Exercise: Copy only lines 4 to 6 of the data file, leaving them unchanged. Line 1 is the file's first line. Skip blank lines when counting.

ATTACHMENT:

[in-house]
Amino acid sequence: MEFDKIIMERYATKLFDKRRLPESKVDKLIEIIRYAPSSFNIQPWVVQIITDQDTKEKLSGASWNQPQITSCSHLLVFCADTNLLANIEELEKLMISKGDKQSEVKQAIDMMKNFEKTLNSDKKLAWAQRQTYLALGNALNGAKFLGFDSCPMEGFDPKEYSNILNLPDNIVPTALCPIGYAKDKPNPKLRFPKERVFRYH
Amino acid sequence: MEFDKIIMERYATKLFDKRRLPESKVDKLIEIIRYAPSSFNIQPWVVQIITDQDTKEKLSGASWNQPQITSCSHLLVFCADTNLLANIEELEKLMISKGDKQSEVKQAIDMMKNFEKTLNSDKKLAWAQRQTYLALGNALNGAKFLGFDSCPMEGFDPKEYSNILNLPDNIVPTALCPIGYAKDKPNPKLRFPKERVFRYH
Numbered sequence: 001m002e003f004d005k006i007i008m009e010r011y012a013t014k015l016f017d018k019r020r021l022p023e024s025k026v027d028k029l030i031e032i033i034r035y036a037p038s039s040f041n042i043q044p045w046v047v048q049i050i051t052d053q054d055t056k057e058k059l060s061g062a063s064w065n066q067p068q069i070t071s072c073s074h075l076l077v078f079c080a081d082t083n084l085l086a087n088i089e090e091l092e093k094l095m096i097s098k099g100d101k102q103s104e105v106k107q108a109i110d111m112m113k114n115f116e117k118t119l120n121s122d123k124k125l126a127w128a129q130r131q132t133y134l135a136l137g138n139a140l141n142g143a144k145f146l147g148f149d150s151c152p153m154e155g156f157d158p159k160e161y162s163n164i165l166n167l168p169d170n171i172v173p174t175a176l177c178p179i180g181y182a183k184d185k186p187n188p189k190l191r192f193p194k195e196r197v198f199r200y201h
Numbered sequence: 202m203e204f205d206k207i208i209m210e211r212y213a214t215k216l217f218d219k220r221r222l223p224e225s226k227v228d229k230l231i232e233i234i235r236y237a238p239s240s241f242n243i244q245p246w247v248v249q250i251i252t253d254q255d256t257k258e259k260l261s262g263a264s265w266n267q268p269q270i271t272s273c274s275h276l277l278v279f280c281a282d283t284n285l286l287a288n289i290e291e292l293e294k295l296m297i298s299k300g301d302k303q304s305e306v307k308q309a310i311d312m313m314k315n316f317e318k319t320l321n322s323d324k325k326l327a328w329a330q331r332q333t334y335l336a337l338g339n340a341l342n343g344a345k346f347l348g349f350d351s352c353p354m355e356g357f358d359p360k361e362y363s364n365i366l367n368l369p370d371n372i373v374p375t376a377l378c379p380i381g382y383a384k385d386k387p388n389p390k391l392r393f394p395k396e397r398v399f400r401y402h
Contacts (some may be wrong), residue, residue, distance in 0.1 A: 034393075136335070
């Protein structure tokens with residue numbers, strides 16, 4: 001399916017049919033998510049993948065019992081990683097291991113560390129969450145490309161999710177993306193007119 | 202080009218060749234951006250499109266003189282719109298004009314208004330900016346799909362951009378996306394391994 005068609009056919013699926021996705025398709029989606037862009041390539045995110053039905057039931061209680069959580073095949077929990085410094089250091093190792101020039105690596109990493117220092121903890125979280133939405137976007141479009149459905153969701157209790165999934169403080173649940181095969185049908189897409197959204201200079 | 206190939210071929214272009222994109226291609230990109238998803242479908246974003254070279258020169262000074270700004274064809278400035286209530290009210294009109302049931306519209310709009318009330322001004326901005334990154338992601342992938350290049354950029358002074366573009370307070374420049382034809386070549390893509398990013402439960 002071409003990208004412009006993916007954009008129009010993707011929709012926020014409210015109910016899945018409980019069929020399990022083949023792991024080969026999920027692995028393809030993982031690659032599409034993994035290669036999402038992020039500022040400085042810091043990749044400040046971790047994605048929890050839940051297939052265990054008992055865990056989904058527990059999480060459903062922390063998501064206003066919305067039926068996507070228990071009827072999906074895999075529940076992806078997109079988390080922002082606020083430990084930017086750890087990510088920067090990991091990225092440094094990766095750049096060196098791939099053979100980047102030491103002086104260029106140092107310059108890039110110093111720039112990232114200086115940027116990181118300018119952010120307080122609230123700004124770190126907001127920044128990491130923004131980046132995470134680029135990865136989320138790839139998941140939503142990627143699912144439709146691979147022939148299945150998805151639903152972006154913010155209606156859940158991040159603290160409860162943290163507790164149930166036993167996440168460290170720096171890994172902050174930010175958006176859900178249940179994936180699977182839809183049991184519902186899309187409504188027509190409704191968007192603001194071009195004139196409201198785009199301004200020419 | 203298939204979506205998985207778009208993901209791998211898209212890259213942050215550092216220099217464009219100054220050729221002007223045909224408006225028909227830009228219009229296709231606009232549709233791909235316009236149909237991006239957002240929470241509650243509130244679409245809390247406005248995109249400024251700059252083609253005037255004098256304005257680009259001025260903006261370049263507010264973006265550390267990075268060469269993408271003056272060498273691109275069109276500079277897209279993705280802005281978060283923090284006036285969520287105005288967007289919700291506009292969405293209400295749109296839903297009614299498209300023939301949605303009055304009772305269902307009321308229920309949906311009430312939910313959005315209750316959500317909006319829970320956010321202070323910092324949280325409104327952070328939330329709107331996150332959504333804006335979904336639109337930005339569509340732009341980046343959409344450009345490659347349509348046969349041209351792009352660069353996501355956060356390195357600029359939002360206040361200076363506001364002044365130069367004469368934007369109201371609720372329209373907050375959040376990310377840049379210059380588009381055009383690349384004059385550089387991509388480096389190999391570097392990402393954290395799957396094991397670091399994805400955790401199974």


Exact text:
Numbered sequence: 001m002e003f004d005k006i007i008m009e010r011y012a013t014k015l016f017d018k019r020r021l022p023e024s025k026v027d028k029l030i031e032i033i034r035y036a037p038s039s040f041n042i043q044p045w046v047v048q049i050i051t052d053q054d055t056k057e058k059l060s061g062a063s064w065n066q067p068q069i070t071s072c073s074h075l076l077v078f079c080a081d082t083n084l085l086a087n088i089e090e091l092e093k094l095m096i097s098k099g100d101k102q103s104e105v106k107q108a109i110d111m112m113k114n115f116e117k118t119l120n121s122d123k124k125l126a127w128a129q130r131q132t133y134l135a136l137g138n139a140l141n142g143a144k145f146l147g148f149d150s151c152p153m154e155g156f157d158p159k160e161y162s163n164i165l166n167l168p169d170n171i172v173p174t175a176l177c178p179i180g181y182a183k184d185k186p187n188p189k190l191r192f193p194k195e196r197v198f199r200y201h
Numbered sequence: 202m203e204f205d206k207i208i209m210e211r212y213a214t215k216l217f218d219k220r221r222l223p224e225s226k227v228d229k230l231i232e233i234i235r236y237a238p239s240s241f242n243i244q245p246w247v248v249q250i251i252t253d254q255d256t257k258e259k260l261s262g263a264s265w266n267q268p269q270i271t272s273c274s275h276l277l278v279f280c281a282d283t284n285l286l287a288n289i290e291e292l293e294k295l296m297i298s299k300g301d302k303q304s305e306v307k308q309a310i311d312m313m314k315n316f317e318k319t320l321n322s323d324k325k326l327a328w329a330q331r332q333t334y335l336a337l338g339n340a341l342n343g344a345k346f347l348g349f350d351s352c353p354m355e356g357f358d359p360k361e362y363s364n365i366l367n368l369p370d371n372i373v374p375t376a377l378c379p380i381g382y383a384k385d386k387p388n389p390k391l392r393f394p395k396e397r398v399f400r401y402h
Contacts (some may be wrong), residue, residue, distance in 0.1 A: 034393075136335070